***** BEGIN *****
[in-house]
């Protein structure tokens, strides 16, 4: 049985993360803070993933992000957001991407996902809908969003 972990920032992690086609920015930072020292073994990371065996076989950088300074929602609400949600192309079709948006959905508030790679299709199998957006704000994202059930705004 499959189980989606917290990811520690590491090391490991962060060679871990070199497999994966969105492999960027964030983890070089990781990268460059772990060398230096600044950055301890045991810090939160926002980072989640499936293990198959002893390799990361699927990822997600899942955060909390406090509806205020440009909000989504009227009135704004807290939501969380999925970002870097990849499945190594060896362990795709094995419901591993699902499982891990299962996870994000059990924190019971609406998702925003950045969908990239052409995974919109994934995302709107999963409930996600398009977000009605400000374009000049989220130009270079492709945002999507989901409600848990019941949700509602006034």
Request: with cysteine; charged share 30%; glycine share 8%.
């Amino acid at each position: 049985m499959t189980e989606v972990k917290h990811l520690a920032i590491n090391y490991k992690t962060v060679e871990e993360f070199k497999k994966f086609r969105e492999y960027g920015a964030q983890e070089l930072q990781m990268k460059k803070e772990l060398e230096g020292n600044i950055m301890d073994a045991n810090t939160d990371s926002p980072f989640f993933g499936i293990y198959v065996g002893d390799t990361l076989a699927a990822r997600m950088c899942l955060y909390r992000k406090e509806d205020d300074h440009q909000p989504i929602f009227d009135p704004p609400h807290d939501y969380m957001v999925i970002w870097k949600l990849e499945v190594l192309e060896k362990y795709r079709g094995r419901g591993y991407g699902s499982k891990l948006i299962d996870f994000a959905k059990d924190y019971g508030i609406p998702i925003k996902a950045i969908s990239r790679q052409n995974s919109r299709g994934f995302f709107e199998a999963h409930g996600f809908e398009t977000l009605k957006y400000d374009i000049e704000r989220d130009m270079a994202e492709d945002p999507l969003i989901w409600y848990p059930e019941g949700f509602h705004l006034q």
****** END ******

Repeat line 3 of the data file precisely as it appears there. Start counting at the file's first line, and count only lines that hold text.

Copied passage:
Request: with cysteine; charged share 30%; glycine share 8%.